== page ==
Two hours a week getting back to nature can make you happier after grim year


You can set your Zoom or FaceTime background to anywhere you like, but it doesn’t make any difference – you’re still in the same place, speaking into the same microphone, staring at the same pane of glass.

You’re having to create a room where you and your loved ones can be together, and while there’s a certain joy to discovering new ways of interacting, it’s hard work too.

Studies have even shown that a bad connection changes the way we actually feel about the other person.

A German study from 2014 found that even a lag of 1.4 seconds makes us perceive that the other person either isn’t paying attention or doesn’t like us.

The delays, lags, freezes, jumpy visuals and jittery pixelations of connecting online aren’t how we’re meant to experience the world. And it appears that this disconnect is doing weird things to our brains.



Plant, notebook, cup of coffee and eyeglasses on a desk
Plants don’t just look pretty, they have health benefits too

Have you ever heard of that Harvard experiment where participants were asked to count how many times in a video a ball changes hands, and while they were counting a gorilla ran across the back
of the screen?

Half the people never even saw the gorilla. That’s how good our brains are at filtering, smoothing things over, making things fit a pattern we already know.

Put simply, when there’s a gap in the world, our minds do their best to fill it.

Furthermore, our minds do their best to predict what’s going to happen next, so that we can take our part in it, closing any gaps even further.

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So what happens when the gaps are something we never evolved to understand? What happens when they are frequent, disorganised and impossible to predict – like Zoom calls?

What happens when not only the words we’re saying but all the million tiny physical cues of what those things mean are broken up, distorted and glitchy?



Family on beach in winter, mother giving son piggyback
It can be tricky during lockdown but trips outside do a powe of good

Our brains try their best, but it’s exhausting as we have to make so much stuff up. It’s making us more stressed at an already stressful time. So what can we do about it?

Luckily, the answer might lie in something easy and free. Even better, in this weird time when so many of our former coping mechanisms are forbidden, it’s both legal, encouraged and simple.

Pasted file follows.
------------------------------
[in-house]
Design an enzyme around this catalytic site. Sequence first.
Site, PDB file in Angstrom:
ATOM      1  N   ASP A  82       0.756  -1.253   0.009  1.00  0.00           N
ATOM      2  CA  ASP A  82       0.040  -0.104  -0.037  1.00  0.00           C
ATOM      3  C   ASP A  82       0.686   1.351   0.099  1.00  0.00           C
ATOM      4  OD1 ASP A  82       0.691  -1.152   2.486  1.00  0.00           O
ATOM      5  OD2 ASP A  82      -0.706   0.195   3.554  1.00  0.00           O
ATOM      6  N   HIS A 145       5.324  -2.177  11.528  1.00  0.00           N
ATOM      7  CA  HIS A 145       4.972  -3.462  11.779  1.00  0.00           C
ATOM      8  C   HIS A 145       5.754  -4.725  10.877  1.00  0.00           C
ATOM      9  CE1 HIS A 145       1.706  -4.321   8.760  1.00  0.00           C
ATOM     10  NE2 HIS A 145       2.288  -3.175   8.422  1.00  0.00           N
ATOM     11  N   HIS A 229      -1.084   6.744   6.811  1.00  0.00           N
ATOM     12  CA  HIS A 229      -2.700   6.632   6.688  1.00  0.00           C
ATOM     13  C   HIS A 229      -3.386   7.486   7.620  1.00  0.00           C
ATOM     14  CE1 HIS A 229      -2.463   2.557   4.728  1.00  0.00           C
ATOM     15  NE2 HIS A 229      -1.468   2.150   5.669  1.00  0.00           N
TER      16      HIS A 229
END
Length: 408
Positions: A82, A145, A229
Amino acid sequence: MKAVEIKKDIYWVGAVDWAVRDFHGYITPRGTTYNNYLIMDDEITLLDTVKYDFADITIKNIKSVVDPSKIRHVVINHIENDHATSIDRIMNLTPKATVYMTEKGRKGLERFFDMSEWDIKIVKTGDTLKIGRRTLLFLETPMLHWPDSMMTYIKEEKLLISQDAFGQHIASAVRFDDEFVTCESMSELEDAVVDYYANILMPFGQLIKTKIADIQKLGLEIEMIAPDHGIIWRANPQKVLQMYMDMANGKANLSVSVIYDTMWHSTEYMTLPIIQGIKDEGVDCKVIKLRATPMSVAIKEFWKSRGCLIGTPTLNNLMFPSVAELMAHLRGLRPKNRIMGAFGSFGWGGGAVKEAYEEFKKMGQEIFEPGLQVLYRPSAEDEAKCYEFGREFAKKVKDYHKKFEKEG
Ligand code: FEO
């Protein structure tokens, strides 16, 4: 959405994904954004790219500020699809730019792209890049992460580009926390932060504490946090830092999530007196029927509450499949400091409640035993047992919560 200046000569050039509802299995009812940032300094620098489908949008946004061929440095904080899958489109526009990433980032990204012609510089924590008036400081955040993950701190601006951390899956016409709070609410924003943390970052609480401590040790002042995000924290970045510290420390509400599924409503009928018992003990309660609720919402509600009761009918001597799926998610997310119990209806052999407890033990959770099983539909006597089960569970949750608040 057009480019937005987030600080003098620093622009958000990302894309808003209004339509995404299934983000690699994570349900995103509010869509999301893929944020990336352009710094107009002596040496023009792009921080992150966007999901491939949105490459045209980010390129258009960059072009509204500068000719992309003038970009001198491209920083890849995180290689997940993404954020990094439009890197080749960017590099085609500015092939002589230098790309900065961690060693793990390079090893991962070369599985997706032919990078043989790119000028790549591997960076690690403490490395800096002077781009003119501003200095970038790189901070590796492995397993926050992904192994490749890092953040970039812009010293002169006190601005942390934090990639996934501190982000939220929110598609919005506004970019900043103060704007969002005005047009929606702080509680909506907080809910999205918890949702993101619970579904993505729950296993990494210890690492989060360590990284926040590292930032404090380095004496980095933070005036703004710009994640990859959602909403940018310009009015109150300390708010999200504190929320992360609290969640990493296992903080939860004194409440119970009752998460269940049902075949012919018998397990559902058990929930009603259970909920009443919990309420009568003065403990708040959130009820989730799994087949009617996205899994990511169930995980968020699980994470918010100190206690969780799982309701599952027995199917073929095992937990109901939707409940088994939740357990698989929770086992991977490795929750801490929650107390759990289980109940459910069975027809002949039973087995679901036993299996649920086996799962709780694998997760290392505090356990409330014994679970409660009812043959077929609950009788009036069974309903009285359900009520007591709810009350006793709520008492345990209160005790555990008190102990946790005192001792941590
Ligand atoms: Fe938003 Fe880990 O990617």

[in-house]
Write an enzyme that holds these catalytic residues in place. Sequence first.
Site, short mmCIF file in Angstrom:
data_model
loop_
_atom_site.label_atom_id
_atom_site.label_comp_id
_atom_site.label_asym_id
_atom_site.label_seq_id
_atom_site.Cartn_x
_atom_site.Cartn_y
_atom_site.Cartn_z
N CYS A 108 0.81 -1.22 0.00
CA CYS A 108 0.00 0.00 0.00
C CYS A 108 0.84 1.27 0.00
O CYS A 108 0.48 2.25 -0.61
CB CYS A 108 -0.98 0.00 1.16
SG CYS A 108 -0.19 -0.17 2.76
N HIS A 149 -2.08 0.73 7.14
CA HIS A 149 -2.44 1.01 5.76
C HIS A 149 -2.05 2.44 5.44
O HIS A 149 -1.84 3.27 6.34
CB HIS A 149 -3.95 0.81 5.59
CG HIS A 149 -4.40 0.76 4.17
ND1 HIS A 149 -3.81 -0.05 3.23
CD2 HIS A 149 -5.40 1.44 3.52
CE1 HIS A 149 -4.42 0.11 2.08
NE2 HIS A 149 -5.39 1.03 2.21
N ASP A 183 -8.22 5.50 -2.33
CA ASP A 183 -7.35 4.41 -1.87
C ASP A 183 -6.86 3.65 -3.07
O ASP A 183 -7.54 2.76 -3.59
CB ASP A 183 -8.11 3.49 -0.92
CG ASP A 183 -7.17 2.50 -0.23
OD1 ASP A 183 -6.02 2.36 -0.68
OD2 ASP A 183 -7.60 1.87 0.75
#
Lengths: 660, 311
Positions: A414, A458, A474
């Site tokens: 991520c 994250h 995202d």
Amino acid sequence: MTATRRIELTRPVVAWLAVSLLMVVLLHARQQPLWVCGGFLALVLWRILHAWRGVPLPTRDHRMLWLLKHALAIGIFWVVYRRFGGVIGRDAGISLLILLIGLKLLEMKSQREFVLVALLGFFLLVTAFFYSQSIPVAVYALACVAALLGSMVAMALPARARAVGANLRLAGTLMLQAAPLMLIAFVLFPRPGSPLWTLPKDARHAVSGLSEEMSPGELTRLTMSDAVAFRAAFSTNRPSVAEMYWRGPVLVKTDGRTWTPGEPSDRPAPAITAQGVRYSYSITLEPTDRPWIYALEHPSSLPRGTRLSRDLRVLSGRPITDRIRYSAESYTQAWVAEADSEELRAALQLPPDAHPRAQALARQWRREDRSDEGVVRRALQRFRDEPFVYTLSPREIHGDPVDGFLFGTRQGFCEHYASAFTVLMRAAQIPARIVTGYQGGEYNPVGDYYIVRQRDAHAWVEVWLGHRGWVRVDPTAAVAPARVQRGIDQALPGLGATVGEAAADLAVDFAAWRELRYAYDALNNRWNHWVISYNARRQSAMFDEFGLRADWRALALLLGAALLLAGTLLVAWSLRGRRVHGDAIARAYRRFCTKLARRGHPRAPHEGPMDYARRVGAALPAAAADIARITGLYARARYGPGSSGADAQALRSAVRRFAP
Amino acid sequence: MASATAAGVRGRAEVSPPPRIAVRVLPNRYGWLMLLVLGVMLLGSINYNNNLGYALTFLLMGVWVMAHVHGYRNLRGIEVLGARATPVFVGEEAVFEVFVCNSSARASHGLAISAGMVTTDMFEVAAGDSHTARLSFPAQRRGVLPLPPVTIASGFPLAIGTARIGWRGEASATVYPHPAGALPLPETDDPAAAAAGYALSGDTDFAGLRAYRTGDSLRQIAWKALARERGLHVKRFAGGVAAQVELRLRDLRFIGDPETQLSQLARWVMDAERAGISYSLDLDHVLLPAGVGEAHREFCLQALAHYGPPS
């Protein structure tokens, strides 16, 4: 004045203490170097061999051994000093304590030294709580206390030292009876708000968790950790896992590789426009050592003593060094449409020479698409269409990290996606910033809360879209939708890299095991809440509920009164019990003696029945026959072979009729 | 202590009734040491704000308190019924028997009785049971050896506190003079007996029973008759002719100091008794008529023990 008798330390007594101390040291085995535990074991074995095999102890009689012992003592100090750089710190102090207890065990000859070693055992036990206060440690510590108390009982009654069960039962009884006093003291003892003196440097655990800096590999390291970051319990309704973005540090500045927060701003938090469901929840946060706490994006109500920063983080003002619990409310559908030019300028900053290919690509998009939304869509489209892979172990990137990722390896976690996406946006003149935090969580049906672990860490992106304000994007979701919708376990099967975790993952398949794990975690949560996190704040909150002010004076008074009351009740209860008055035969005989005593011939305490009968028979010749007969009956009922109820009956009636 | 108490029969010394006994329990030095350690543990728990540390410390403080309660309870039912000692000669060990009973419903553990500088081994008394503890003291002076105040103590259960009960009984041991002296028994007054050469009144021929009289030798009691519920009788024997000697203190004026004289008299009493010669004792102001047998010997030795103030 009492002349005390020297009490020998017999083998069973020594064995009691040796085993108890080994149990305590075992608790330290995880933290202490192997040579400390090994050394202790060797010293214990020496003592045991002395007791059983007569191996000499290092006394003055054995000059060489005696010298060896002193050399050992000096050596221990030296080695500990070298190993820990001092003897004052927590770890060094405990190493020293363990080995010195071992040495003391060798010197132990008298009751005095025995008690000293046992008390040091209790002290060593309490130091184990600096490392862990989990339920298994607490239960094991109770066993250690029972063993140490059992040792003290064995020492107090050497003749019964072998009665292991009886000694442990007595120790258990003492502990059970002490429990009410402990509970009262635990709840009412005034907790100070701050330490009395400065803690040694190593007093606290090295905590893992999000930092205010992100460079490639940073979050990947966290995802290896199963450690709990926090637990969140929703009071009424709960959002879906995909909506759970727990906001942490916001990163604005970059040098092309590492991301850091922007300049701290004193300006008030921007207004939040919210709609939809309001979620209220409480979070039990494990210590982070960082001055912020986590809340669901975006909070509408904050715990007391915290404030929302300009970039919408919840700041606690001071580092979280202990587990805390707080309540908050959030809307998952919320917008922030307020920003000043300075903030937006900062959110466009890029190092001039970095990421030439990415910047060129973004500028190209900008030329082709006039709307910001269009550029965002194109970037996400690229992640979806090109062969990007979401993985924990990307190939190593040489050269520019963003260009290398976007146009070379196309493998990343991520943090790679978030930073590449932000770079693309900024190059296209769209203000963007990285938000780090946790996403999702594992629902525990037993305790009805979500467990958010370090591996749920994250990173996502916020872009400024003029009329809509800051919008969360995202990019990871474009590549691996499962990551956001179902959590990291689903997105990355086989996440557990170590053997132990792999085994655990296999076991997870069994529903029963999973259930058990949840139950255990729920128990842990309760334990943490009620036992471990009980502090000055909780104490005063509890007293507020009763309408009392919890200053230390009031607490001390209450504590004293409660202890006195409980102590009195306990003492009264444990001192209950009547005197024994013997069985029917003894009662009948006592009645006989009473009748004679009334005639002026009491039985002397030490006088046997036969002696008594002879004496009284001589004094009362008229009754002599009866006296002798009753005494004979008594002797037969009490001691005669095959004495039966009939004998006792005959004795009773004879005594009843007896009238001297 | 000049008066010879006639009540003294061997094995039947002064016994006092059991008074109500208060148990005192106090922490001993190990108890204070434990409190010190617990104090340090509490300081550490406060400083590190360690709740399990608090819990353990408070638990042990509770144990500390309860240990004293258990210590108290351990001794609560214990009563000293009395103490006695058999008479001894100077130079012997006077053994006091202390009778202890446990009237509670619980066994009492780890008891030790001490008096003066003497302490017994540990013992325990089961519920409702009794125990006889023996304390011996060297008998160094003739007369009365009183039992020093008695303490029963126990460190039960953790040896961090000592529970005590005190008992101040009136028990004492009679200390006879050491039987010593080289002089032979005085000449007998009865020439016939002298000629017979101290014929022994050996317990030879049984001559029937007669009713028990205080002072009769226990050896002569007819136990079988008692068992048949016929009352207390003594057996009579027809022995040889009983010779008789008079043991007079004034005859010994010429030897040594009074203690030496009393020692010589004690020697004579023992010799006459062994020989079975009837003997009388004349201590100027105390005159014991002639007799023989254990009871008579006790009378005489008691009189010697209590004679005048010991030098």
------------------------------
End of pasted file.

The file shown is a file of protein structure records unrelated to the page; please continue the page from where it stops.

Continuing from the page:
Yes, going outside. It may be cold, grey, miserable and probably hasn’t stopped raining in weeks.

It’s bleak out there, and aren’t we all bored of trying to find a bright side in this
strange year?

And yet, the facts speak for themselves.

The mere presence of plants in our environment leads us to record less stress and less anxiety.

A Japanese study earlier this year proved this is true, even if it’s just a tiny plant kept on your desk.

The act of taking time away from the screen to care for the plant – to water it, tend to it – actually significantly lowered stress symptoms, both mentally and physically.

Just looking at plants can make us feel better. In 1984, a German researcher named Roger Ulrich discovered that hospital patients with a view of a tree got better faster than patients with a view of a brick wall.

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They needed fewer painkillers and had fewer complications.

Other studies have backed this up.

In 2002, volunteers looking at a natural scene (trees, movement, weather) were found to have a higher pain tolerance than volunteers looking at a blank screen.

Even a little bit of nature has remarkable effects.

And if such great things can be achieved merely by looking at the natural world, what might happen if we immerse ourselves in it?

Well, last year, the University of Exeter found that people who spend at least 120 minutes a week “in nature” reported notably higher levels of happiness, good health and psychological wellbeing.

Just two hours a week of being outside made people of all demographics happier.

The same results were recorded in the old, the young, the sick, the healthy, women and men.

Being in the open makes us happier, healthier and even better at thinking.

Healthy adults report significant cognitive improvements after a walk outside and the same is true of adults with long-term mental health conditions.

Even people with serious ­depression found time spent outside helped both their cognition and
their mood.

People need nature. People need the real world – things that exist away from a computer screen. Things that are real and remind you that the world is bigger than you can imagine.

It’s been a strange, sad year. Grief, fear and uncertainty have been the themes of it all. It has been, at least for me, sometimes easier to stay indoors and be sad about everything that’s been lost.

And yet the world goes on. Things still grow, the clouds still move through the sky and the earth is still there, solid and damp and good.

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Grass pushes through pavement cracks. Things want to live, things want to grow.

So as the new year dawns, maybe it is time we put down our smartphones, pulled on our boots and big coats and got outside. Your mind and body will thank you.

  • Uplifting cookbook Midnight Chicken (& Other Recipes Worth Living For) by Ella Risbridger is out on Dec 31 (£9.99, Bloomsbury)





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